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Frugal innovation

About: Frugal innovation is a(n) research topic. Over the lifetime, 472 publication(s) have been published within this topic receiving 9290 citation(s).

Papers published on a yearly basis

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Journal ArticleDOI
Abstract: In this paper, I identify the bottom of the pyramid (BOP) markets as a new source of radical innovation. By focusing managerial attention on creating awareness, access, affordability, and availability (4As), managers can create an exciting environment for innovation. I suggest that external constraints can be utilized to build an innovation sandbox within which new products and business models can be created. Using a live example of such an innovation—the development of the biomass stove for the rural poor in India—I illustrate the process and the usefulness of the approach. Increasingly, global firms are recognizing the implications of innovations at the BOP for developed markets as well.

536 citations

Journal ArticleDOI
Abstract: Inclusive innovation, which we define as innovation that benefits the disenfranchised, is a process as well as a performance outcome. Consideration of inclusive innovation points to inequalities that may arise in the development and commercialization of innovations, and also acknowledges the inequalities that may occur as a result of value creation and capture. We outline opportunities for the development of theory and empirical research around this construct in the fields of entrepreneurship, strategy, and marketing. We aim for a synthesis in views of inclusive innovation and call for future research that deals directly with value creation and the distributional consequences of innovation.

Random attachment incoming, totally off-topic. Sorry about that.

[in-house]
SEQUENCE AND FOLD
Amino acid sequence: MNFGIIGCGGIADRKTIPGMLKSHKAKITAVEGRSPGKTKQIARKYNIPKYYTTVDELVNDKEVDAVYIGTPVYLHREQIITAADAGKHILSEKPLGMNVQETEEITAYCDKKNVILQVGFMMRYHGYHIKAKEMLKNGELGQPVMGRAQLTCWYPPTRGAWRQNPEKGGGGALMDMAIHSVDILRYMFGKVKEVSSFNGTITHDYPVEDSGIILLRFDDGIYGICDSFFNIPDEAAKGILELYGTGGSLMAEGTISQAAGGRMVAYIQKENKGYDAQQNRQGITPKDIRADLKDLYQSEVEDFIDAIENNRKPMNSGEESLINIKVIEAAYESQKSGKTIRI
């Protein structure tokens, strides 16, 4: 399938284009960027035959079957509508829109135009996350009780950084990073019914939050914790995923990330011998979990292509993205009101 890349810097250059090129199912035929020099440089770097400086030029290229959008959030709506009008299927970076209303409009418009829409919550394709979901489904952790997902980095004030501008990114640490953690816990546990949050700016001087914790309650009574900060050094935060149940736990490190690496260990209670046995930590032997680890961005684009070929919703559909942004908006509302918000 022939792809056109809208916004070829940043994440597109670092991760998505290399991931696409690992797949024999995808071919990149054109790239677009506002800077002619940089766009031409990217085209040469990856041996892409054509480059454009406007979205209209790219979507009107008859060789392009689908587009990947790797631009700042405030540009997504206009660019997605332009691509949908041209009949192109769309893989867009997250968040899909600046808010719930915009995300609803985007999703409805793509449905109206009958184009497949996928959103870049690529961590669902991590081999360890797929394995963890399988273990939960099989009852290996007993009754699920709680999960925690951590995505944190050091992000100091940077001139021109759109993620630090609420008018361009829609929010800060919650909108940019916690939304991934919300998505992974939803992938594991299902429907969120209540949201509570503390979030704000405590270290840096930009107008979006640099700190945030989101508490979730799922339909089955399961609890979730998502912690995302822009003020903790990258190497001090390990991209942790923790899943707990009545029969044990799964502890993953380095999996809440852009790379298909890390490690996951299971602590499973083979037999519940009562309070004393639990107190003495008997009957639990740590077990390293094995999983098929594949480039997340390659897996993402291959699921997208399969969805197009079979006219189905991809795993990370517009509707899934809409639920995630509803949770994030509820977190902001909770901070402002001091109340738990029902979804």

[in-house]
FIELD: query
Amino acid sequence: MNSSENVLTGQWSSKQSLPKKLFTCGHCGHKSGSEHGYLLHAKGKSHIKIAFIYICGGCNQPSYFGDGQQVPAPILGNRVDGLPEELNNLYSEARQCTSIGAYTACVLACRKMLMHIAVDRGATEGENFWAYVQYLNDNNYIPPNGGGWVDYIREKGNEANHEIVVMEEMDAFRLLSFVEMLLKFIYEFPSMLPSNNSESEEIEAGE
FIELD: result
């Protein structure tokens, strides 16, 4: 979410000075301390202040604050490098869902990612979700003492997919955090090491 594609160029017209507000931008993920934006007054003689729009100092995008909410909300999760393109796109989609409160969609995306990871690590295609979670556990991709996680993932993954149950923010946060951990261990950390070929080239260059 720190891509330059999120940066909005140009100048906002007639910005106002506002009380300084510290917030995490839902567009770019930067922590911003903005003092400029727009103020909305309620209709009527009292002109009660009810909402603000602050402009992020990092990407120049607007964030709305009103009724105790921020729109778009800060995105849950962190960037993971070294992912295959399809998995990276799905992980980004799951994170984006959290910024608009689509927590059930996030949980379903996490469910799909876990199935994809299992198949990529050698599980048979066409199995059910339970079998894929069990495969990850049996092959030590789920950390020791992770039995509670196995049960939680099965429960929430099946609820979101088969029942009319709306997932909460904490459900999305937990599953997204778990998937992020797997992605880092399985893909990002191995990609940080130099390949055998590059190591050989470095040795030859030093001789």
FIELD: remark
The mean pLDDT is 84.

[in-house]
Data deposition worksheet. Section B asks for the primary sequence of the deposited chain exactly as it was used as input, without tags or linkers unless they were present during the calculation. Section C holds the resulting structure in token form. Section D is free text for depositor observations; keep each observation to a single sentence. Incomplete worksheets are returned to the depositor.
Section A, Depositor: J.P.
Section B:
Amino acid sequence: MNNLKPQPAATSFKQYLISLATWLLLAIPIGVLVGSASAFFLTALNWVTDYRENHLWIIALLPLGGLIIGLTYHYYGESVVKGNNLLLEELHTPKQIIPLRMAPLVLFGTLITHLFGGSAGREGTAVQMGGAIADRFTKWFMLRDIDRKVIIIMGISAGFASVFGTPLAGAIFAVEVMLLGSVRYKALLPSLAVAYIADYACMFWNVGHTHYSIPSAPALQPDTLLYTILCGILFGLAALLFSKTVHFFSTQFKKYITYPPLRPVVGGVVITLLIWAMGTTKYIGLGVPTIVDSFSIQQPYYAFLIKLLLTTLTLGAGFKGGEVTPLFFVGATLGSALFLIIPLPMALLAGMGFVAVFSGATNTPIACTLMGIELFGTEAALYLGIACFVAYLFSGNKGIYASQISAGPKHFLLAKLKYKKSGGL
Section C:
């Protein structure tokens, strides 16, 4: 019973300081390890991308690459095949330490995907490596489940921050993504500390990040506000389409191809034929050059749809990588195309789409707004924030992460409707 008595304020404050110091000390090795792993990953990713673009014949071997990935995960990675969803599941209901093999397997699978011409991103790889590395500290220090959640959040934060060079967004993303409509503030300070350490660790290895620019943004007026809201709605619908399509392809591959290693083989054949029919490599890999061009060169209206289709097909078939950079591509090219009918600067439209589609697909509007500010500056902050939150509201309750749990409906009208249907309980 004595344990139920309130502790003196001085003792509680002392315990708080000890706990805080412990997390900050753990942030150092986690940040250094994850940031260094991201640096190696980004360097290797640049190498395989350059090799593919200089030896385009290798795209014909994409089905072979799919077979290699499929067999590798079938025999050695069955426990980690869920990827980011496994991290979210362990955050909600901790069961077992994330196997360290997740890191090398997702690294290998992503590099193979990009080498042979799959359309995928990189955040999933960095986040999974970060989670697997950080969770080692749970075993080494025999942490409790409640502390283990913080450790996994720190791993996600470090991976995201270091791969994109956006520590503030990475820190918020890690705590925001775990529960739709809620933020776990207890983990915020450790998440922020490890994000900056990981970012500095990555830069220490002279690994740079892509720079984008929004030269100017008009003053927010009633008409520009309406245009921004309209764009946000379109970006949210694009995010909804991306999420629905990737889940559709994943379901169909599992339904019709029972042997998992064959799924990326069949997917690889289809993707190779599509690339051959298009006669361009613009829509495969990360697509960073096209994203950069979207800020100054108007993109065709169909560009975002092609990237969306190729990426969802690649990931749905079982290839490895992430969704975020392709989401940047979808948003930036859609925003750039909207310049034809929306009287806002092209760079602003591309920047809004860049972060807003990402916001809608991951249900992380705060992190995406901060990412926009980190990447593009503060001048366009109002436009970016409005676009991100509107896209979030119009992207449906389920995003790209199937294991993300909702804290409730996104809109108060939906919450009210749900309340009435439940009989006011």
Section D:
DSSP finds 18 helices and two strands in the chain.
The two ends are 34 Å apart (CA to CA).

525 citations

Journal ArticleDOI
Abstract: ‘Reverse innovation’ refers to the case where an innovation is adopted first in poor (emerging) economies before ‘trickling up’ to rich countries. Although examples of reverse innovation are still rare, it raises interesting theoretical questions, such as what kinds of innovation emerging economies are likely to spawn, why such innovations might diffuse to rich countries, what competitive advantages local and foreign firms enjoy in this process, and how it affects the global strategy and organization of established MNEs. Research on reverse innovation can enrich and extend mainstream theories of innovation, internationalization, MNE management, and FDI spillovers.

459 citations

Journal ArticleDOI
Abstract: OVERVIEW:The quality and number of innovations developed by multinational companies from emerging countries is increasing dramatically. In particular, frugal innovations—“good-enough,” affordable products that meet the needs of resource-constrained consumers—have created tremendous demand in emerging markets. While the development of such products has largely been the domain of local corporations in emerging countries, Western corporations have recently started to engage in frugal innovation as well. This is a difficult task for Western firms, however, because their business models and organizational structures are traditionally designed for the development of advanced products for the affluent few at the top of the economic pyramid. Using Swiss weighing-instrument manufacturer Mettler Toledo as a case example, this article suggests that frugal innovations are largely developed by local R&D subsidiaries of Western firms in emerging countries. A substantial degree of autonomy for those local R&D subsidiari...

384 citations

Journal ArticleDOI
Abstract: Business model innovation is an important lever for change to tackle pressing sustainability issues. In this paper, ‘sufficiency’ is proposed as a driver of business model innovation for sustainability. Sufficiency-driven business models seek to moderate overall resource consumption by curbing demand through education and consumer engagement, making products that last longer and avoiding built-in obsolescence, focusing on satisfying ‘needs’ rather than promoting ‘wants’ and fast-fashion, conscious sales and marketing techniques, new revenue models, or innovative technology solutions. This paper uses a case study approach to investigate how companies might use sufficiency as a driver for innovation and asserts that there can be a good business case for sufficiency. Business models of exemplar cases are analysed and insights are gained that will contribute to future research, policy makers and businesses interested in exploring sufficiency.

191 citations

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No. of papers in the topic in previous years